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Möbius strip a real Mathmatical Paradox
The Möbius strip or Möbius band (pronounced /ˈmøbiʊs/) is a surface with only one side and only one boundary component. It has the mathematical property of being non-orientable. It is also a ruled surface. It was discovered independently by the German mathematicians August Ferdinand Möbius and Johann Benedict Listing in 1858.
To make it simple ,it is three dimensional figure,but actually with only one surface.So I would call it a Mathmatical Paradox. A model can easily be created by taking a paper strip and giving it a half-twist, and then joining the ends of the strip together to form a single strip. In Euclidean space there are in fact two types of Möbius strips depending on the direction of the half-twist: clockwise and counterclockwise. The Möbius strip is therefore chiral, which is to say that it is “handed”.To further simplify,and make it more comprehensible,Möbius strip is a one-sided surface i.e a line can be drawn along the strip of paper that will cover both sides, returning to the starting-point to meet itself,despite of being three dimensional figure.

It is of great interest in "topology" generally known as 'Rubber Geometry.'
Möbius  strip is used as universal recycling symbol and is internationally recognized symbol used to designate recyclable materials. It is composed of three chasing arrows that form a Möbius strip or unending loop.The mobius strip is even the signature architectural feature of the NASCAR Hall of Fame presently under construction in Charlotte, NC.

wears Mobius earring
Courtesy of Sinisa Rancov
The Möbius strip has several curious properties.A model of a Möbius strip can be constructed by joining the ends of a strip of paper with a single half-twist. A line drawn starting from the seam down the middle will meet back at the seam but at the “other side”. If continued the line will meet the starting point and will be double the length of the original strip of paper. This single continuous curve demonstrates that the Möbius strip has only one boundary.
If the strip is cut along about a third of the way in from the edge, it creates two strips: One is a thinner Möbius strip – it is the center third of the original strip. The other is a long strip with two full twists in it – this is a neighborhood of the edge of the original strip.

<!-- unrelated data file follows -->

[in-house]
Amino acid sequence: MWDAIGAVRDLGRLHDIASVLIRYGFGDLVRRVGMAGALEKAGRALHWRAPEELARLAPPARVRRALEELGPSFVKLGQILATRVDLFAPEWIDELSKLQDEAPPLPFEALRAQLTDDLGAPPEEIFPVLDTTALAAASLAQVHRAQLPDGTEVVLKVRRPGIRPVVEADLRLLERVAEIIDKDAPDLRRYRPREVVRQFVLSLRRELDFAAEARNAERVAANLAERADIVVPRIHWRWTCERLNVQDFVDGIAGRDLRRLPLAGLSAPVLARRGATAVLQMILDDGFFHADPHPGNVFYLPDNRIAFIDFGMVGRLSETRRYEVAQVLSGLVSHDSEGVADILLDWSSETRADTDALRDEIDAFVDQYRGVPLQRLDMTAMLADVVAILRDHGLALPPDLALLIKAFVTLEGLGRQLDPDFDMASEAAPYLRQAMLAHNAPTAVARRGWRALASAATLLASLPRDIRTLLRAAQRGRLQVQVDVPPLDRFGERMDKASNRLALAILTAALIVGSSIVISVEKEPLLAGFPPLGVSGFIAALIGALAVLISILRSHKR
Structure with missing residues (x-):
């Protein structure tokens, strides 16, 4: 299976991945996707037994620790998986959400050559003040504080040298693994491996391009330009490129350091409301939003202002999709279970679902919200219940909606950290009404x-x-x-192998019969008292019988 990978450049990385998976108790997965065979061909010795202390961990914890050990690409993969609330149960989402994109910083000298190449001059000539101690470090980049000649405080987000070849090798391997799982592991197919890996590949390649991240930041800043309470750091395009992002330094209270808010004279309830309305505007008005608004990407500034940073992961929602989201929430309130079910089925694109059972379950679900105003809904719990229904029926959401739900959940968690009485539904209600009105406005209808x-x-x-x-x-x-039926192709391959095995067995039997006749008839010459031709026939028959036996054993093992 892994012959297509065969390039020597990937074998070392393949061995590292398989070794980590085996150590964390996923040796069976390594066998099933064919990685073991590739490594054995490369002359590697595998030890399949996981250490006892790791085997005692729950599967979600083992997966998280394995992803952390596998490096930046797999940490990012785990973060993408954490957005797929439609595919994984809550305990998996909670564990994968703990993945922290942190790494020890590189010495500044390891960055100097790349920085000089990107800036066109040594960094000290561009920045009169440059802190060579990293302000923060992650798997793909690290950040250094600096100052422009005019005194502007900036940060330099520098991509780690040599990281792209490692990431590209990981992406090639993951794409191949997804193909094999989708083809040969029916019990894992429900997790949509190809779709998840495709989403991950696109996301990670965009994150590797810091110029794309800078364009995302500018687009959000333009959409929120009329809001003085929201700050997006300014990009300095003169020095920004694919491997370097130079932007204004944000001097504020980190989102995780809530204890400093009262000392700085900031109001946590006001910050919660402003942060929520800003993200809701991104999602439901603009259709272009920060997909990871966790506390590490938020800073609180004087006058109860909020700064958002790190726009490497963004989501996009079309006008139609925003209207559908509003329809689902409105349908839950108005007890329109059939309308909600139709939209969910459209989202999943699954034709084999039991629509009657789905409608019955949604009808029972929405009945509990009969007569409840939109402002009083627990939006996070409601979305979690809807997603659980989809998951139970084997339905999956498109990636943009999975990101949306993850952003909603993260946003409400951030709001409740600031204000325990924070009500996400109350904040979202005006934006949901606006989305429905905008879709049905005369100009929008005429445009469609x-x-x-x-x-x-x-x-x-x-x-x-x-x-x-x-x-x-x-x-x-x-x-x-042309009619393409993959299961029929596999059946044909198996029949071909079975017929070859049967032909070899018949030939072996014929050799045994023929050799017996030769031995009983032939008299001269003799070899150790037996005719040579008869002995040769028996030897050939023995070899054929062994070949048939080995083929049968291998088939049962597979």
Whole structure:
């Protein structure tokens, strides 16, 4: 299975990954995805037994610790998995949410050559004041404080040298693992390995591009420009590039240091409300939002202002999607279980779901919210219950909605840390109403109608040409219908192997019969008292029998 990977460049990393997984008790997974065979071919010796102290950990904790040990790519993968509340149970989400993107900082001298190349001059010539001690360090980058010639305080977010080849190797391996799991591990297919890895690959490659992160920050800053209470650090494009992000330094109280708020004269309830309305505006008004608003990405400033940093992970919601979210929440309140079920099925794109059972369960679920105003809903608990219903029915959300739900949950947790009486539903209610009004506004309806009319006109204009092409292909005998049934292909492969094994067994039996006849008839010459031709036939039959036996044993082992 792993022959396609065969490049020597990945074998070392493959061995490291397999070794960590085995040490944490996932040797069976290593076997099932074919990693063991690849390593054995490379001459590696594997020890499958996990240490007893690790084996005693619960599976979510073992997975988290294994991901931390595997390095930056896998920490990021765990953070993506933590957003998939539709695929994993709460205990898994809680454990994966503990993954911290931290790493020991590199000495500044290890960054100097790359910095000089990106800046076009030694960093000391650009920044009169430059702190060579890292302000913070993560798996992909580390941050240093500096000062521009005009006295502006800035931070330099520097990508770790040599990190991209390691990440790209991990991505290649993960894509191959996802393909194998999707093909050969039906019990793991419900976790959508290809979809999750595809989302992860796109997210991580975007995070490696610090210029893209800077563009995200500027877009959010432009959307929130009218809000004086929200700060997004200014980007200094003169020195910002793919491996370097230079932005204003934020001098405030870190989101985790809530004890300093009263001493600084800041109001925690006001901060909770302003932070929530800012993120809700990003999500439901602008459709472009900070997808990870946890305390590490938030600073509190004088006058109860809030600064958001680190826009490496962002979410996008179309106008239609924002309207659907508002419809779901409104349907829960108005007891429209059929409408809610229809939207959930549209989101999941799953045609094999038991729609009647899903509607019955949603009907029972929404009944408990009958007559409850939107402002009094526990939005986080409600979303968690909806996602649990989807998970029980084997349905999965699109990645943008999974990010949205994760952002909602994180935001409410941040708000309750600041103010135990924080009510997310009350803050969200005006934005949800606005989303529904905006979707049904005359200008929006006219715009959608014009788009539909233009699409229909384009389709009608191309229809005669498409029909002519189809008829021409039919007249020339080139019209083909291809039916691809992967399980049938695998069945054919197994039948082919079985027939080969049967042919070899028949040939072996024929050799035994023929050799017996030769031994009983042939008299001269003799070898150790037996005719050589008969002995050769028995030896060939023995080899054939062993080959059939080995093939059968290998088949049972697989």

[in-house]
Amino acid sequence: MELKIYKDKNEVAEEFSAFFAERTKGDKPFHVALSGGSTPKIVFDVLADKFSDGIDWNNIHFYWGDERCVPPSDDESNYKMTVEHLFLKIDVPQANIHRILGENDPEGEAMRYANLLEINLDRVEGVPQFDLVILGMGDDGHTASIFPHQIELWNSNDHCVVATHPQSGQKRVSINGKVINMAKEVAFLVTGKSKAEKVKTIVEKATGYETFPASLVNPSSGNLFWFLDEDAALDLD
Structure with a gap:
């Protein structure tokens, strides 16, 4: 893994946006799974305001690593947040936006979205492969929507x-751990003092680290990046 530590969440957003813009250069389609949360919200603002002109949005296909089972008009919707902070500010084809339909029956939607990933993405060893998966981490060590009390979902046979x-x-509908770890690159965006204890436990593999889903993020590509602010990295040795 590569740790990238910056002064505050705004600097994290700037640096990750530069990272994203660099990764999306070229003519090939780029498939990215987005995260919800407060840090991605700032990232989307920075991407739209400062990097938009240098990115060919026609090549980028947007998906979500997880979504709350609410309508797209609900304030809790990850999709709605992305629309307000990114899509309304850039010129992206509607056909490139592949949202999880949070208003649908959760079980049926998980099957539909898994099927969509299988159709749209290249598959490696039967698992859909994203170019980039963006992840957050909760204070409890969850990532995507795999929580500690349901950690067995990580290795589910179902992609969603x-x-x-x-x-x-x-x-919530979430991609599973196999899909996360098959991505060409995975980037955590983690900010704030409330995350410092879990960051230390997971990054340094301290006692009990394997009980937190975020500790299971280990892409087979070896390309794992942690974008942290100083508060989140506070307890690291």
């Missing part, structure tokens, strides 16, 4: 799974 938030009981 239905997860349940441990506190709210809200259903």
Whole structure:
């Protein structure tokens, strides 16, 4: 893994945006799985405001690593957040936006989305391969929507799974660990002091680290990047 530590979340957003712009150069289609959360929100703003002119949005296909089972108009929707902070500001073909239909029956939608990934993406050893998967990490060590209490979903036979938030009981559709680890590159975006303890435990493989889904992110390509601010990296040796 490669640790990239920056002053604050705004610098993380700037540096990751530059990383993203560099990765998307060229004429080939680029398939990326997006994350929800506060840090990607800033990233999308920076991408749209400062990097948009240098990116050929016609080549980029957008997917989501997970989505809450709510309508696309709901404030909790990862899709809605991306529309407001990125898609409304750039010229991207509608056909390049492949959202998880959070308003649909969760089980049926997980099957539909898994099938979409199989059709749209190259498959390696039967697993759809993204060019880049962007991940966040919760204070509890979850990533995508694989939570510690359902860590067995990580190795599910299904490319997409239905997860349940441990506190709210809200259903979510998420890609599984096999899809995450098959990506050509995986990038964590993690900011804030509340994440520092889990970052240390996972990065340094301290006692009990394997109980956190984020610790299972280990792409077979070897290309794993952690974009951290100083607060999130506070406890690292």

Alternatively, cutting a Möbius strip along the above line, instead of getting two separate strips, it becomes one long strip with two full twists in it, which is not a Möbius strip. This happens because the original strip only has one edge which is twice as long as the original strip of paper. Cutting creates a second independent edge, half of which was on each side of the knife or scissors. Cutting this new, longer, strip down the middle creates two strips wound around each other.
Other analogous strips can be obtained by similarly joining strips with two or more half-twists in them instead of one. For example, a strip with three half-twists, when divided lengthwise, becomes a strip tied in a trefoil knot. Cutting a Möbius strip, giving it extra twists, and reconnecting the ends produces unexpected figures called paradromic rings(Rings produced by cutting a strip that has been given 'm' half twists and been re-attached into 'n' equal  strips ).

Technological Use
 Giant Möbius strips have been used as conveyor belts that last longer because the entire surface area of the belt gets the same amount of wear, and as continuous-loop recording tapes (to double the playing time). Möbius strips are common in the manufacture of fabric computer printer and typewriter ribbons, as they allow the ribbon to be twice as wide as the print head whilst using both half-edges evenly.
A device called a Möbius resistor is an electronic circuit element which has the property of canceling its own inductive reactance. Nikola Tesla patented similar technology in the early 1900s: “Coil for Electro Magnets” was intended for use with his system of global transmission of electricity without wires.

This is also used in flim named "Infinity" and in many other teleseries and poems.